The Keeper of the Watchword

Your heart will no longer be your heart.
It is the winched wheel of a weapon that is mud
and sand and dust; an inch that can be stretched
as far as men can map their bloody ambition.

Your body will be free from love and shame.
With no soul to shape you, each muscle
carries my will; you are my weapons and breakable
in ways you have not yet learned to imagine.

Your arm will forever have a sword hand.
If you reach the circus of old age, an emptied palm
will miss that extra limb and peace will be
an amputation.

Your eyes will not see something in the way.
My enemy’s death will be your sight,
distant edicts the guiding light on your horizon.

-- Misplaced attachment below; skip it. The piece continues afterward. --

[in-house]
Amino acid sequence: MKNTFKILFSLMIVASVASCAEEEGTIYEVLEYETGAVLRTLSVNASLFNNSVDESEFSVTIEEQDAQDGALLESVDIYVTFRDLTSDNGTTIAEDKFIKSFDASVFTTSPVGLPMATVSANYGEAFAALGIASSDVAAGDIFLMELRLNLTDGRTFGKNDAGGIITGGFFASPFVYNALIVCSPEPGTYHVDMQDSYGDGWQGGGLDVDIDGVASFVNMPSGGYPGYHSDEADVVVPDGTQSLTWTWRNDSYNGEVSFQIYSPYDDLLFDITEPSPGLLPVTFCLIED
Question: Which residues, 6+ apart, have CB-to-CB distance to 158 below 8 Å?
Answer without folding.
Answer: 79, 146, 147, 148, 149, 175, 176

You will not stop looking North. You will not stop

until your feet step upon a foreign shore and place you
where you face the roar and clamour of a ragged flank. 
Your heart will beat a drum’s decree in blood: 
do not die. Do not die. DO NOT DIE.

About the poem

This poem is one of three to appear in The Cannon's MouthIssue 60.

This poem formed part of my MA Dissertation, in which I examined the physical and culture clash between native Britons and Romans in Ancient Britain. I admit that the voice of the poem - the Keeper of the Watchword being something akin to a Sergeant Major in current military hierarchy - owed as much to war movies such as Full Metal Jacket and Jarhead than it does to my historical research. The similarity is deliberate; despite the many technological advances modern warfare may present, ultimately armies need young, dehumanised men to operate at the heart of the military machine and the Roman soldiers landing on British shores, far from home, have kinship with soldiers today.